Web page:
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Molly Fox's Birthday
by Deirdre Madden

Overview - A Finalist for the Orange Prize
It is the height of summer, and celebrated actor Molly Fox has loaned her house in Dublin to a friend while she is away performing in New York. Alone among all of Molly's possessions, struggling to finish her latest play, she looks back on the many years and many phases of her friendship with Molly and their college friend Andrew, and comes to wonder whether they really knew each other at all.
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More About Molly Fox's Birthday by Deirdre Madden
 
 
 
Overview
A Finalist for the Orange Prize
It is the height of summer, and celebrated actor Molly Fox has loaned her house in Dublin to a friend while she is away performing in New York. Alone among all of Molly's possessions, struggling to finish her latest play, she looks back on the many years and many phases of her friendship with Molly and their college friend Andrew, and comes to wonder whether they really knew each other at all. She revisits the intense closeness of their early days, the transformations they each made in the name of success and security, the lies they told each other, and betrayals they never acknowledged. Set over a single midsummer's day, "Molly Fox's Birthday" is a mischievous, insightful novel about a turning point--a moment when past and future suddenly appear in a new light.


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Details
  • ISBN-13: 9780312429546
  • ISBN-10: 0312429541
  • Publisher: Picador USA
  • Publish Date: April 2010
  • Page Count: 221


Related Categories

Books > Fiction > Literary
Books > Fiction > Psychological

 
Publishers Weekly Reviews

Publishers Weekly® Reviews

  • Reviewed in: Publishers Weekly, page 50.
  • Review Date: 2010-03-22
  • Reviewer: Staff

This ruminative novel takes place over the course of a day, one of many a playwright spends in her actress friend's Dublin home over the course of a summer. The nameless narrator, an accomplished playwright to whom Irish actress Molly Fox has loaned her Dublin home, reflects on her 20-year-long friendship with Molly and the rise of both of their careers as she avoids the work of writing her next play. As she wanders through the house peeking at Molly's personal belongings, awards, and theater memorabilia, the narrator realizes that, in some ways, Molly is as much of an enigma to her now as when they first met. She also explores her relationships with a college friend, Andrew, and her older brother, Tom, a priest. There isn't much in the way of plot—it mostly consists of a series of flashbacks—but readers who enjoy this cerebral and meandering variety of first-person Euro-fiction will be enthralled at Madden's unassuming yet moving story. (May)

 
BookPage Reviews

One not-so-ordinary day

On the surface, Molly Fox’s Birthday, originally published in the U.K. and a finalist for the prestigious Orange Prize, feels miniscule in scope—it takes place over the course of one nearly painstakingly ordinary day, within the walls of a small house, largely occupied by just one character. But within these confines lie a treasure chest of memories, which author Deirdre Madden unpacks with perfect precision and which make this very quiet novel scream with importance.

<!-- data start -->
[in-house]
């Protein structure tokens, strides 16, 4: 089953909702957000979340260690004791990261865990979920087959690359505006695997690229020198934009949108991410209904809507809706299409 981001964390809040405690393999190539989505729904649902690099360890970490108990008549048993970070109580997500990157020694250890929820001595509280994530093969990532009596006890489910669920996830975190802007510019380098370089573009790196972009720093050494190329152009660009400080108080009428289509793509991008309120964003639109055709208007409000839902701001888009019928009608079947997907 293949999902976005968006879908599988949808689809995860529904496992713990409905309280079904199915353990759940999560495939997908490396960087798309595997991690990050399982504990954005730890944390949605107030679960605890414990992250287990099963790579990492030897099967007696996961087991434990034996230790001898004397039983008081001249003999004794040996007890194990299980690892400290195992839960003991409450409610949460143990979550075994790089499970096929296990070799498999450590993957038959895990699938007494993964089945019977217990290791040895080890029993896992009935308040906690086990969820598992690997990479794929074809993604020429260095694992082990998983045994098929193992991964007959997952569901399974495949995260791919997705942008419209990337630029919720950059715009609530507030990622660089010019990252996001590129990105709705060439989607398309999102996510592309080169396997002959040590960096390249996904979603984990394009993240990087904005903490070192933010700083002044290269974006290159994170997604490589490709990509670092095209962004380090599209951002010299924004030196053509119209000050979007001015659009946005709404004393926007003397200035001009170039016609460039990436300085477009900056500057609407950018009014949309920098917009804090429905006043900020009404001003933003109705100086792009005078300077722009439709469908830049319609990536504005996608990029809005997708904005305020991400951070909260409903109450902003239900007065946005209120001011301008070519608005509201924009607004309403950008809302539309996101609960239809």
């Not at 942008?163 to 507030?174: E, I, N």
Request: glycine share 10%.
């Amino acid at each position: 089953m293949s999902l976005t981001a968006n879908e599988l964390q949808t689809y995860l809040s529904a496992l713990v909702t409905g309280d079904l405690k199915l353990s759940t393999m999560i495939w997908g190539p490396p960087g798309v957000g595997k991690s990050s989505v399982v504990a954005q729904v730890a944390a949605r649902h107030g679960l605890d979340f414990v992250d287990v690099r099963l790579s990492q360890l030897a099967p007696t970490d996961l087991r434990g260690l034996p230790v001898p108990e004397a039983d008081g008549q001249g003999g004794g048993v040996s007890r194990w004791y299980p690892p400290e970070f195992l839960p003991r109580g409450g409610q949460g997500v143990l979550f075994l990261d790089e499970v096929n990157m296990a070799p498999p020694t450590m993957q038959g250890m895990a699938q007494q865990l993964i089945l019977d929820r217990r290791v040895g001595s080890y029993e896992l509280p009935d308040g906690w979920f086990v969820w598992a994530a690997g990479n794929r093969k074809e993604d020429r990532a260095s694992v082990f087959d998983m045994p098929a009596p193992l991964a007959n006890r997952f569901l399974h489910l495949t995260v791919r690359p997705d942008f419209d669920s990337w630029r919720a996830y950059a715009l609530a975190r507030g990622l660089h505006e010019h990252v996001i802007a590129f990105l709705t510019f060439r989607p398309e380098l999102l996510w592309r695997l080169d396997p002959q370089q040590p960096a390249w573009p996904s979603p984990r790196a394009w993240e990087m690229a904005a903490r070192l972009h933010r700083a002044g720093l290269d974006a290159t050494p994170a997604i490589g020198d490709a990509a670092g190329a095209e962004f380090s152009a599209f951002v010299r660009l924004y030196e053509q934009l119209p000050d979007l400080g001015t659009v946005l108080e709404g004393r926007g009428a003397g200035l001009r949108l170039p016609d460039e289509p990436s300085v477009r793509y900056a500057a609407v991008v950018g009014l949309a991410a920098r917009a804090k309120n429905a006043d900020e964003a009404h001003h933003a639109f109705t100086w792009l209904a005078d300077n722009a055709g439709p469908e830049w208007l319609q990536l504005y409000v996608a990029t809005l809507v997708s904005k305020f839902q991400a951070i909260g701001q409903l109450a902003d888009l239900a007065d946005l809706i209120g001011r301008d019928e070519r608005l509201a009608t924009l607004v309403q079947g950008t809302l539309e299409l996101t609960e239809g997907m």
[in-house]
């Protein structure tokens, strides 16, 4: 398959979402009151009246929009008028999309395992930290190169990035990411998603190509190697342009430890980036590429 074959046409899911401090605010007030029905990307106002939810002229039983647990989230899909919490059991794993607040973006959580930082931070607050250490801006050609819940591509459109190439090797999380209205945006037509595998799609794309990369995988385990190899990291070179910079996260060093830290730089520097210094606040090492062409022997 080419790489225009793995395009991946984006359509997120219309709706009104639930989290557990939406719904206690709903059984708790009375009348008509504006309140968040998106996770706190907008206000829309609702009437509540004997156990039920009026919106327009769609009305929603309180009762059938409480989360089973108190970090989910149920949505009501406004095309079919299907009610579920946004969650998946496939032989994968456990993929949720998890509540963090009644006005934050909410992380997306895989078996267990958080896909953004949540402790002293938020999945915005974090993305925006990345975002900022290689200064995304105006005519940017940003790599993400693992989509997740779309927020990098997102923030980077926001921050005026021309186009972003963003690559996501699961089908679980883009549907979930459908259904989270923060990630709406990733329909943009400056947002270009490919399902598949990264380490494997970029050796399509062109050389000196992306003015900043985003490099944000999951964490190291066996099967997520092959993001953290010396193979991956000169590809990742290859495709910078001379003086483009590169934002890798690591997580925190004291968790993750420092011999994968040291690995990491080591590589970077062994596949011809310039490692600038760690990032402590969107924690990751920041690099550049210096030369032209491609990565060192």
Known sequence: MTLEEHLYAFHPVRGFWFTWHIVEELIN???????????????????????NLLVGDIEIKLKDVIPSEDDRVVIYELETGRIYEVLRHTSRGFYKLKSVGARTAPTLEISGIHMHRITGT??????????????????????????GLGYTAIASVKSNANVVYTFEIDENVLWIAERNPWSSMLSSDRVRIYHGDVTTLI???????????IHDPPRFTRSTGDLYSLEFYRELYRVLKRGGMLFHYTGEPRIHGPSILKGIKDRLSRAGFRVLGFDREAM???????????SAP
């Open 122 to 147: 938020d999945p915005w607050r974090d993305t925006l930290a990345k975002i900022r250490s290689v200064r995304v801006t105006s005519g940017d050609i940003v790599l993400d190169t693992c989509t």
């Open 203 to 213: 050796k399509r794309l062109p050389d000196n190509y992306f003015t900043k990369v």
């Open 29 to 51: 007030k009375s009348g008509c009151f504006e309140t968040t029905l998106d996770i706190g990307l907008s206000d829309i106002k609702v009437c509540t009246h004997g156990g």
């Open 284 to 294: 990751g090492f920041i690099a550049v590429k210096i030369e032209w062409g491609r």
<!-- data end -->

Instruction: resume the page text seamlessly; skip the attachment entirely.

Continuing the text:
It is the longest day of the summer—Molly Fox’s birthday—but Molly, a world-renowned stage actress, is not at her Dublin home. Rather, she has swapped with an old playwright friend, the unnamed narrator, who has set up shop in Molly’s cottage to work. Over the course of the day, the narrator is visited by figures important to both of their lives—Molly’s troubled brother, Fergus, and perhaps more notably, the third member of their decades-long friendship, an art historian named Andrew.

As the day progresses, the narrator thinks about her life and those of her friends in an achingly real, relatable way. She struggles with her career, particularly as compared to her more successful friend, and quietly muses on the things she once thought she might have had, like a husband and a child. Art, friendship, politics, family and especially the theater preside as pillars of various strengths in the narrator’s mind, and are dealt with deftly and beautifully. And though the narrator is the only consistent character throughout the novel, others, particularly Molly herself, look on as if from offstage.

Many writers would buckle and fail quickly without a more obvious plotline, but Madden soars, creating a mosaic of memories that is not only insightful and compassionate, but remarkably compelling as well. With much flashier competition on the market, Madden’s subtle hand is a rare and very welcome commodity.

 

 
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